Fruits and Vegetables Steeped in Holiday Traditions
With the holiday season already upon us, we thought we’d share some traditional celebrations from around the world that include fruit and vegetables. Rosh Hashanah is celebrated as the head of the Jewish year signifying the birthday of the universe. Ceremonies of lighting candles in the evenings and sharing meals with sweet delicacies during the night and day mark this holiday.
Challah bread traditionally baked into round loaves, and often sprinkled with raisins, is dipped into honey instead of salt, expressing our wish for a sweet year. Furthering the sweet theme, it is traditional to begin the meal on the first night with slices of apple dipped in honey. On the second night of the holiday, apples are not eaten, however, before breaking bread (and dipping it in honey), a “new fruit,” something that has not been tasted since the last time it was in season, is eaten.
In many Jewish communities, there are additional traditional foods eaten, each symbolizing a wish for the coming year. Many eat pomegranates, giving voice to a wish that “our merits be many like the [seeds of the] pomegranate.” Another common food is tzimmes, a sweet carrot-based dish which symbolizes a wish for a year of abundance.
Hannakah, or The Festival of Lights, is another tradition deeply rooted in partaking of symbolic foods. This Jewish holiday is a celebration of a miracle related in the Old Testament which describes one night's worth of oil that lasted 8 nights. Thus, it is celebrated with foods fried in oil. One of the most popular being latkes, a potato cake fried in oil until it is golden and crispy.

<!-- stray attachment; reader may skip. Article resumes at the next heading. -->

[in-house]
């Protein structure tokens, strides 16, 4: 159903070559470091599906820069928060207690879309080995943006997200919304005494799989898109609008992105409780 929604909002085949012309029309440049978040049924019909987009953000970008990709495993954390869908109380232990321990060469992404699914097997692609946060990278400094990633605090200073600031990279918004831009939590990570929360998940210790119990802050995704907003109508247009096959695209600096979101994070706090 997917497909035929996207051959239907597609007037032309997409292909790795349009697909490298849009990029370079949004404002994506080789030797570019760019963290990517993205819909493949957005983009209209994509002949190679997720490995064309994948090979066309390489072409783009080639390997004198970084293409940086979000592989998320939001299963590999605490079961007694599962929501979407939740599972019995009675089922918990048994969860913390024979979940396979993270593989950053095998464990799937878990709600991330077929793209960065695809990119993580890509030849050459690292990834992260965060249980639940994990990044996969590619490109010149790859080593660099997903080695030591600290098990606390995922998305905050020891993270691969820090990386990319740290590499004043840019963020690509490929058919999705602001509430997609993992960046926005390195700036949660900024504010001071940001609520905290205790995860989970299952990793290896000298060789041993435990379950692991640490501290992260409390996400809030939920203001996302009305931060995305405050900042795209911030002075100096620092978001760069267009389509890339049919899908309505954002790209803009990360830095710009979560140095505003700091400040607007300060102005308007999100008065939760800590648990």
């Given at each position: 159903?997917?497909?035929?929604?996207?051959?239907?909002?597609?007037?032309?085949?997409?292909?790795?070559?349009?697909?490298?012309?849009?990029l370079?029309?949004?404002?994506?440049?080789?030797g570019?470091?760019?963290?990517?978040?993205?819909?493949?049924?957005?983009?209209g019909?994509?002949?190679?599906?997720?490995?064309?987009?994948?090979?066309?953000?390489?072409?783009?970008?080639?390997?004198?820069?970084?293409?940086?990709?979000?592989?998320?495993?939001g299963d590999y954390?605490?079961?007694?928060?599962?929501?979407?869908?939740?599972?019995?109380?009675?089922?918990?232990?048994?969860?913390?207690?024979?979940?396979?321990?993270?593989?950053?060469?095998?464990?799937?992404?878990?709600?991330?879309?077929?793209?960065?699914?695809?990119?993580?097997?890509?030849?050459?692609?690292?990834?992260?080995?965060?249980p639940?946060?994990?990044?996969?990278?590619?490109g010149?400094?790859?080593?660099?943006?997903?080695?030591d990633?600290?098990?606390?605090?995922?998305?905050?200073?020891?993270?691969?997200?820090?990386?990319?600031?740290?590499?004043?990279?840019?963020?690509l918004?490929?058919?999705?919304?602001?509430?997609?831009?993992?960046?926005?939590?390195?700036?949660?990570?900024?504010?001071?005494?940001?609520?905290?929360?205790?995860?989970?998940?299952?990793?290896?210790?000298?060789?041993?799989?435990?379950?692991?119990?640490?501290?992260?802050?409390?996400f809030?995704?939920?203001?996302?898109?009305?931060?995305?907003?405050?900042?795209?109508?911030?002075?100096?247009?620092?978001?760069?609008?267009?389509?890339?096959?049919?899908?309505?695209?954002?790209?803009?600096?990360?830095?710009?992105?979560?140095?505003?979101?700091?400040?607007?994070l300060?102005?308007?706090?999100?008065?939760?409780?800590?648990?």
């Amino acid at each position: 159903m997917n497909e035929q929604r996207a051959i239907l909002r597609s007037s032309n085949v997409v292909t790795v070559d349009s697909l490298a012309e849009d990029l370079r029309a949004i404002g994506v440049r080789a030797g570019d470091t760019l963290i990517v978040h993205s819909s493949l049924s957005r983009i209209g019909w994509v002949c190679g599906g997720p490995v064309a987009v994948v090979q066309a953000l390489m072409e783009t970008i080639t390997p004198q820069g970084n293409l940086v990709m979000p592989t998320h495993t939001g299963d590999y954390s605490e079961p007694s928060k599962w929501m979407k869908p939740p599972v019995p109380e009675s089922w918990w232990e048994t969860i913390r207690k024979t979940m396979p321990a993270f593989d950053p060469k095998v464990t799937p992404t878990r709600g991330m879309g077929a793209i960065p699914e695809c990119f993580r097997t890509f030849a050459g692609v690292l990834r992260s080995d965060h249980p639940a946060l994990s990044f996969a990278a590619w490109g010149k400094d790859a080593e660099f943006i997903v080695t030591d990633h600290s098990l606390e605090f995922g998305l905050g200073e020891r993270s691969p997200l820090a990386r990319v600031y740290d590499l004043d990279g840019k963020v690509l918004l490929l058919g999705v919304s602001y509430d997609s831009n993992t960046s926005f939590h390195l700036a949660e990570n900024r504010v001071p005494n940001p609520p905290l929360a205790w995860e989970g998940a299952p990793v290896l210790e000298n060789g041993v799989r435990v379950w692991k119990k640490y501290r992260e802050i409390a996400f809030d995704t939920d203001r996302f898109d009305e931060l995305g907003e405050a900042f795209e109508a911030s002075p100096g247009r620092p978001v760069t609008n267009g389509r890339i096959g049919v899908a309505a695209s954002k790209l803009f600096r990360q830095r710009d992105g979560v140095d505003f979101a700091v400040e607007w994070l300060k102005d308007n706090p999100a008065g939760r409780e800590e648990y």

A long-standing English Christmas time treat is the minced meat pie. The delicious filling used in this traditional offering contains apples and a variety of dried fruits including raisins. And we would be remiss if we did not include the Christmas fruitcake, the fodder of many Christmas jokes. Taking the fruitcake a step or two further by dousing it with alcohol (most commonly brandy or whiskey) then steamed and the beloved Christmas pudding is created. In Lithuania, the Christmas meals consist of 12 dishes symbolizing the Apostles. As part of their holiday fast no meat, eggs or dairy are consumed. Among dishes served are herring with carrots and mushrooms and cabbage filled dumplings. These dishes are also popular in Poland and the Ukraine. Other common meals consumed on the Eve of Christmas in Poland are traditionally meatless and includes other staples like beet soup and boiled potatoes. In the Ukraine, members of the Ukranian Orthodox Church adhere to a strict diet devoid of sugars, fats or meats. Holiday dinners include Kutya, which is honey-based and contains wheat, poppy seeds, and nuts. More contemporary twists on this traditional offering contain the addition of dried or fresh fruits.
In Venezuela, the labor-intensive Hallaca is a favorite served at Christmas. Corn dough, a mixture of meats, and raisins and olives are wrapped and tied in plantain leaves and then steamed.
New Year’s Eve in Italy, known as La Festa De San Sylvestro, among the foods eaten at the feast is a big pot of lentils. Legumes are thought to represent wealth and prosperity. This dish is widely consumed to bring wealth and success in the coming year.
The New Year, or Soll, is a time of celebration in Korea and many other Asian countries that follow the Chinese calendar. Although a popular item eaten year round, Kimchi, which is traditionally made with cabbage, is a must during this holiday feast.
Regardless of where you are from and how you mark your celebrated holidays, produce has a very deep rooted symbolic history throughout the world. What are some of your holiday meals containing fruit or vegetables?